Cover: The Democratic Movement in Italy, 1830–1876, from Harvard University PressCover: The Democratic Movement in Italy, 1830–1876 in E-DITION

The Democratic Movement in Italy, 1830–1876

Available from De Gruyter »

Product Details

E-DITION

$65.00 • £54.95 • €60.00

ISBN 9780674431126

Publication Date: 01/25/1982

285 pages

World

Harvard University Press has partnered with De Gruyter to make available for sale worldwide virtually all in-copyright HUP books that had become unavailable since their original publication. The 2,800 titles in the “e-ditions” program can be purchased individually as PDF eBooks or as hardcover reprint (“print-on-demand”) editions via the “Available from De Gruyter” link above. They are also available to institutions in ten separate subject-area packages that reflect the entire spectrum of the Press’s catalog. More about the E-ditions Program »

The Italian Risorgimento, the movement for national independence and unification, is as significant to Italian history as the American Revolution is to United States history. Liberal supporters of constitutional monarchy triumphed in the political struggles of the Risorgimento, yet democratic activists and thinkers like Mazzini, Garibaldi, Pisacane, and Ferrari were major participants in those struggles.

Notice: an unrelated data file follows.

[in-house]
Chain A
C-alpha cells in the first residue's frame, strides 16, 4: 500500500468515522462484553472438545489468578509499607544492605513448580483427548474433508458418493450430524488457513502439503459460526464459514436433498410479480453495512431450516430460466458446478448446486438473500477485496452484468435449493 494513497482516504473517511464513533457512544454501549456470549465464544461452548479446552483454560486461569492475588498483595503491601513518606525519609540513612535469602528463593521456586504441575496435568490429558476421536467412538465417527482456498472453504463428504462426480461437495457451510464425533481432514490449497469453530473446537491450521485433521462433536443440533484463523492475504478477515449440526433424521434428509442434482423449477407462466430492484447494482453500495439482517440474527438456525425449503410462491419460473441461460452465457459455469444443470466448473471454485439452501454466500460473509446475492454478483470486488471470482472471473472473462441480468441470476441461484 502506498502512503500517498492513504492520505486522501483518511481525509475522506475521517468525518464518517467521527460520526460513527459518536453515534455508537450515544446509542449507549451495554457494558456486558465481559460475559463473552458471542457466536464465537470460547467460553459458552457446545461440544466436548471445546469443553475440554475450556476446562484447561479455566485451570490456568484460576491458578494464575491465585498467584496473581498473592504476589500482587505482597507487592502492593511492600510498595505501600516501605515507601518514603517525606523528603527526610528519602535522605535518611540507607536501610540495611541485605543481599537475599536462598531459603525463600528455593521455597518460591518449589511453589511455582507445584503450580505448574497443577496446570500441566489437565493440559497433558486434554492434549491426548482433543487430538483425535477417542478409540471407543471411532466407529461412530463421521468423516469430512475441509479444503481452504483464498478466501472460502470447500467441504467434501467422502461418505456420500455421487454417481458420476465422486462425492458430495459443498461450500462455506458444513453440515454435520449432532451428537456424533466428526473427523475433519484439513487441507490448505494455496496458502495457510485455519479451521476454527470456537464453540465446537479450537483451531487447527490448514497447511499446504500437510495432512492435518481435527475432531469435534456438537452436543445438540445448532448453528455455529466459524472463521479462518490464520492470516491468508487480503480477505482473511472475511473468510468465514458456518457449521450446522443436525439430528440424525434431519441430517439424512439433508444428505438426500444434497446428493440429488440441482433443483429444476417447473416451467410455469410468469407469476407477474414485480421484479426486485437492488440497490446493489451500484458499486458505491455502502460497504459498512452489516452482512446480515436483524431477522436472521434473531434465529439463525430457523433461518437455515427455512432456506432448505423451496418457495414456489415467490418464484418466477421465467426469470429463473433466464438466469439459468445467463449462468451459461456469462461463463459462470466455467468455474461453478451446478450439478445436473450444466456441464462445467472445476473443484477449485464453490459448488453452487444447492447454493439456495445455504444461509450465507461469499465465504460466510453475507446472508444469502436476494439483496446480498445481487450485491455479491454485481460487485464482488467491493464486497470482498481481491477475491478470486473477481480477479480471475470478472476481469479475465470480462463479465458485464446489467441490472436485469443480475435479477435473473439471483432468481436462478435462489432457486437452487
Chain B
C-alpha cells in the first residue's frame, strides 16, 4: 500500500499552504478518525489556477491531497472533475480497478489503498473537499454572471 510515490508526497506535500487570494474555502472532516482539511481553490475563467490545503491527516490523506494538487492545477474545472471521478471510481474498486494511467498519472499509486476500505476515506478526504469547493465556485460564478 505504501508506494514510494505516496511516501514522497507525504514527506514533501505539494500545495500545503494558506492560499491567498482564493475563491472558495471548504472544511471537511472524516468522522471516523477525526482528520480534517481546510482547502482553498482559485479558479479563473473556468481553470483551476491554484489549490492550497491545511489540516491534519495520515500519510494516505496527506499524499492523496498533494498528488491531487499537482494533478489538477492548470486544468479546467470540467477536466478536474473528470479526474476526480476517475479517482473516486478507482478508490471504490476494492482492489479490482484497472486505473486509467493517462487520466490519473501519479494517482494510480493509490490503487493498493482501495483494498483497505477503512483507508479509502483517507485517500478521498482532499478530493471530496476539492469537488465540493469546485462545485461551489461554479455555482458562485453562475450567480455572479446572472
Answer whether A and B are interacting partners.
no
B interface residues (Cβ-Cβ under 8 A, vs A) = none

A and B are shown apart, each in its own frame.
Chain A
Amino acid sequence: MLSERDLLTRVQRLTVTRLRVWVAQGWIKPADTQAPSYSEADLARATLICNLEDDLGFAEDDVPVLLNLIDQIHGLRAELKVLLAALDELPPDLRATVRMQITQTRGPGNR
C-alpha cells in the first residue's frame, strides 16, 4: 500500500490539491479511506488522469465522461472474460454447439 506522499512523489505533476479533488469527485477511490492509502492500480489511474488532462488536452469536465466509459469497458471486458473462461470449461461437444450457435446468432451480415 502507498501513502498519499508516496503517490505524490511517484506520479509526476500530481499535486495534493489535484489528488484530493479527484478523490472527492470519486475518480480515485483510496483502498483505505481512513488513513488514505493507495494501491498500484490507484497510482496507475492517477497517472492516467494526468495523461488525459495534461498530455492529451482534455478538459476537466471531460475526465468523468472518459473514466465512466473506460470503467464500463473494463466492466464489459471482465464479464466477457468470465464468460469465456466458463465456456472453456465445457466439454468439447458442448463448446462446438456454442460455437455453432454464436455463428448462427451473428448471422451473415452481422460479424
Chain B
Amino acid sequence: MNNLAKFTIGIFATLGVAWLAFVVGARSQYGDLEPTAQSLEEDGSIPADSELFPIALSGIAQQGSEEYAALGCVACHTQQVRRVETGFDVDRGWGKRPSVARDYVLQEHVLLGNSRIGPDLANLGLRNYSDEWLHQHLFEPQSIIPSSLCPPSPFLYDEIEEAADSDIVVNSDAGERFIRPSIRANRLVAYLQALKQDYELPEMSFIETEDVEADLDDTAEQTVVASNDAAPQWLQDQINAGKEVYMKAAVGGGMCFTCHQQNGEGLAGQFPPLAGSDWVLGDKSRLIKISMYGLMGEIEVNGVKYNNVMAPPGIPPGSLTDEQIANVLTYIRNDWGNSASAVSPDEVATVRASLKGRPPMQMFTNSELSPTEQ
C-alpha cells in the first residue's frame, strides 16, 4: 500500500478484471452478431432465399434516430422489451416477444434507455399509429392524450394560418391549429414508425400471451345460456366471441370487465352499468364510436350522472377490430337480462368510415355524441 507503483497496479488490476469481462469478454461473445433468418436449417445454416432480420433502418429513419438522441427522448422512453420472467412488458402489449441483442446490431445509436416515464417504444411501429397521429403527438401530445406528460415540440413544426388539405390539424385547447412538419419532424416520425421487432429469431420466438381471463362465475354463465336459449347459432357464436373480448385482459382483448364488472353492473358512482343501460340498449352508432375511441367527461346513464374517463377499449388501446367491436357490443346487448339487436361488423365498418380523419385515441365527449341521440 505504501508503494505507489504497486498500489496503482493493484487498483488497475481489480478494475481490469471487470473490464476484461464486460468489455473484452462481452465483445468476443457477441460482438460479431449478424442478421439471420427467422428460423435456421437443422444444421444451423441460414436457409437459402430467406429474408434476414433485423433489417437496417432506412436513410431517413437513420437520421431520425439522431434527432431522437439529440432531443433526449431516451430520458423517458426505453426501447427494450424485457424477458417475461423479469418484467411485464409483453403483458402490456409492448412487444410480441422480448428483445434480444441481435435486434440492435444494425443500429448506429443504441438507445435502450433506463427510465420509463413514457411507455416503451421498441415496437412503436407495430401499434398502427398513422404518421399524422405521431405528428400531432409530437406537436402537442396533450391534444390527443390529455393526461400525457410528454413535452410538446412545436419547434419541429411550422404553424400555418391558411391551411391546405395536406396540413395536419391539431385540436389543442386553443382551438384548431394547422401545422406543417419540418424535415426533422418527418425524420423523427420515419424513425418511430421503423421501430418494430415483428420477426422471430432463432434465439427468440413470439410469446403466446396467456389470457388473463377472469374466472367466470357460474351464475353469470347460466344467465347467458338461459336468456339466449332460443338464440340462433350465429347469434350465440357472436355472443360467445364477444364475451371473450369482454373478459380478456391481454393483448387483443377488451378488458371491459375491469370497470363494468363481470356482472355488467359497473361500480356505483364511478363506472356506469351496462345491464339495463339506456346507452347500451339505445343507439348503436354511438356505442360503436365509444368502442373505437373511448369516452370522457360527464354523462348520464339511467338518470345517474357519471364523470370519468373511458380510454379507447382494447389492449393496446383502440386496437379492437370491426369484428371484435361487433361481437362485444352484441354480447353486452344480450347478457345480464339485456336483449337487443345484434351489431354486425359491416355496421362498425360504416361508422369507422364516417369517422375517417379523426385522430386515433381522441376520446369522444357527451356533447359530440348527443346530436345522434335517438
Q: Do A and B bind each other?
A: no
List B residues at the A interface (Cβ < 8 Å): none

By reconstructing the lives and political careers of 146 such activists and thinkers, Clara M. Lovett explores the democratic movement’s impact on the development of modern Italy. She shows that three main principles—secularism, political egalitarianism, and a concern for social justice—sustained the movement throughout its development and became its legacy after the unification. By exploring the social context of the movement and the specific experiences of its members, she explains why the democrats failed to lead Italy’s unification in 1860 and why some of them became Italy’s early professional politicians.

Recent News

Black lives matter. Black voices matter. A statement from HUP »

From Our Blog

Jacket: An Inquiry into Modes of Existence: An Anthropology of the Moderns, by Bruno Latour, translated by Catherine Porter, from Harvard University Press

Honoring Latour

In awarding Bruno Latour the 2021 Kyoto Prize for Arts and Philosophy, the Inamori Foundation said he has “revolutionized the conventional view of science” and “his philosophy re-examines ‘modernity’ based on the dualism of nature and society.” Below is an excerpt from An Inquiry into Modes of Existence: An Anthropology of the Moderns. For more than twenty years, scientific and technological controversies have proliferated in number and scope, eventually reaching the climate itself. Since geologists are beginning to use the term “Anthropocene” to designate the era of Earth’s history that follows the Holocene